New Claimants for Power
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New Claimants for Power book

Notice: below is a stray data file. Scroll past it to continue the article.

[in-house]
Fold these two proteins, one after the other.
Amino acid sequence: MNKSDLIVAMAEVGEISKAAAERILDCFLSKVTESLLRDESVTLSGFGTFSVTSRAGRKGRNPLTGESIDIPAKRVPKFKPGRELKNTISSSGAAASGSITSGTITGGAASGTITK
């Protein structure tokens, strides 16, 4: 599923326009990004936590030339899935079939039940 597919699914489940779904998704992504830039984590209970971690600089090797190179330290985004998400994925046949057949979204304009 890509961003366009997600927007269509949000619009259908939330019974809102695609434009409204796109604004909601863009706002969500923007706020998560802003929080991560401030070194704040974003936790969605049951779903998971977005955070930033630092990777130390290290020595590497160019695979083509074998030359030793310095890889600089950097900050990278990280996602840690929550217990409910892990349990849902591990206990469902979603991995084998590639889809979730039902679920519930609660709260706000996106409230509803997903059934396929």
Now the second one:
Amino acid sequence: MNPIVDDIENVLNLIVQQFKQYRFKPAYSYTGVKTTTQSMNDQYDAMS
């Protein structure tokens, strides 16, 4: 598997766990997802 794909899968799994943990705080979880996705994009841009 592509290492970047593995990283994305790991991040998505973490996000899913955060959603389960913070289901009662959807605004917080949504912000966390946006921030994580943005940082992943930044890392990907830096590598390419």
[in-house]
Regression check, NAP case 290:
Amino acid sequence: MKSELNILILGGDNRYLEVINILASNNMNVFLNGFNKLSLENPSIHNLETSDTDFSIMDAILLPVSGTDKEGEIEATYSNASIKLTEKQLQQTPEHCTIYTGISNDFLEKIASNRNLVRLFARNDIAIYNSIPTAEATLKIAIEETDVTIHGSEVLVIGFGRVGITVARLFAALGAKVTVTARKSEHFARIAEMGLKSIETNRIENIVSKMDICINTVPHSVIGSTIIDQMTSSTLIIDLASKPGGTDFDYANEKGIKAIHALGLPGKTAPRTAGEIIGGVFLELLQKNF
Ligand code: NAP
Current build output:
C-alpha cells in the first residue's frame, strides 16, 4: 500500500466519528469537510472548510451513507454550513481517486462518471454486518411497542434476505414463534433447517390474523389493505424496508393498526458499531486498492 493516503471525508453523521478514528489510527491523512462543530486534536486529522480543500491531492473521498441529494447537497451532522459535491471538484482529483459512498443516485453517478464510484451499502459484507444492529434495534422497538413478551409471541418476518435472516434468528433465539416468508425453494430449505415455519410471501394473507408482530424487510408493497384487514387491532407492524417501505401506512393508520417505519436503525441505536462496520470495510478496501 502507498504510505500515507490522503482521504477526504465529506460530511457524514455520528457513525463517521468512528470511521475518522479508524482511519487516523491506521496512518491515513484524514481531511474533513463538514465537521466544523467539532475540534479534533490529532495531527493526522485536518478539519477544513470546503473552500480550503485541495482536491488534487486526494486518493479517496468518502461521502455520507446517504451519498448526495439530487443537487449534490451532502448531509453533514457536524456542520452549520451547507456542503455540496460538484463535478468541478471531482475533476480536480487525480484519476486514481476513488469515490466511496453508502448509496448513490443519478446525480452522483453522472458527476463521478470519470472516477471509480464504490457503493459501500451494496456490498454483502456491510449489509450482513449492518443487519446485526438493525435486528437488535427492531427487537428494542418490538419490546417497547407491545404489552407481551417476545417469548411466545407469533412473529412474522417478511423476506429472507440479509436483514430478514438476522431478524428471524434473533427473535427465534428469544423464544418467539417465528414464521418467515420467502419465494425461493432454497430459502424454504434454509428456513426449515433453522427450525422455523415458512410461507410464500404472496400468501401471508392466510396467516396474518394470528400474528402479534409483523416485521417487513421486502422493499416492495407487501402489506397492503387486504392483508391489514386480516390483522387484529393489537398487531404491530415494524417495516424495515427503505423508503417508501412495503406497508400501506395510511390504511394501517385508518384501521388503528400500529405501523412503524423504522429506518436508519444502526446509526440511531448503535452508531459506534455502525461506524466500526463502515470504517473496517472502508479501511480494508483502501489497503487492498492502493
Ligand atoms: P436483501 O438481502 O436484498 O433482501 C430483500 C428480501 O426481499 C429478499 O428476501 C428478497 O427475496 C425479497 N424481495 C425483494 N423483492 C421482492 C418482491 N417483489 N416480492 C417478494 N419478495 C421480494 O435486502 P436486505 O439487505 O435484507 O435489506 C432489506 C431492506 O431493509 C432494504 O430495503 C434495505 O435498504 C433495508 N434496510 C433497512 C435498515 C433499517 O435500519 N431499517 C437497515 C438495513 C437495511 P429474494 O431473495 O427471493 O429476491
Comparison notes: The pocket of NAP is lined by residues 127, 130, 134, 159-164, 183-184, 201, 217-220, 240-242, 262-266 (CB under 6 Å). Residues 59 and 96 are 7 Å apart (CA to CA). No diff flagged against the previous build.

The United States (US)-Soviet competition was pervasive and overshadowed almost all relationships between the superpowers and the developing countries, and even the relationships among the latter. Polarization was an unavoidable fact of life in the postwar world, and the US had no realistic alternative; global responsibilities were unavoidable. The bipolar structure suffered another, more fundamental blow at the hands of Nikita Khrushchev. In the early postcolonial period, Soviet capabilities and presence in the developing areas were virtually nil, and Stalin's hard-line assumed that any new, non-Communist nation was automatically part of the camp of imperialism. Though changes in relationships between the US and the Soviet Union have been immensely important and have attracted great US attention, changes in the Third World have been hardly less important and have perhaps even greater historical significance. The US-Soviet rivalry gives the illusion of a private quarrel pursued in even the remotest corners of the world, with little regard to bystanders.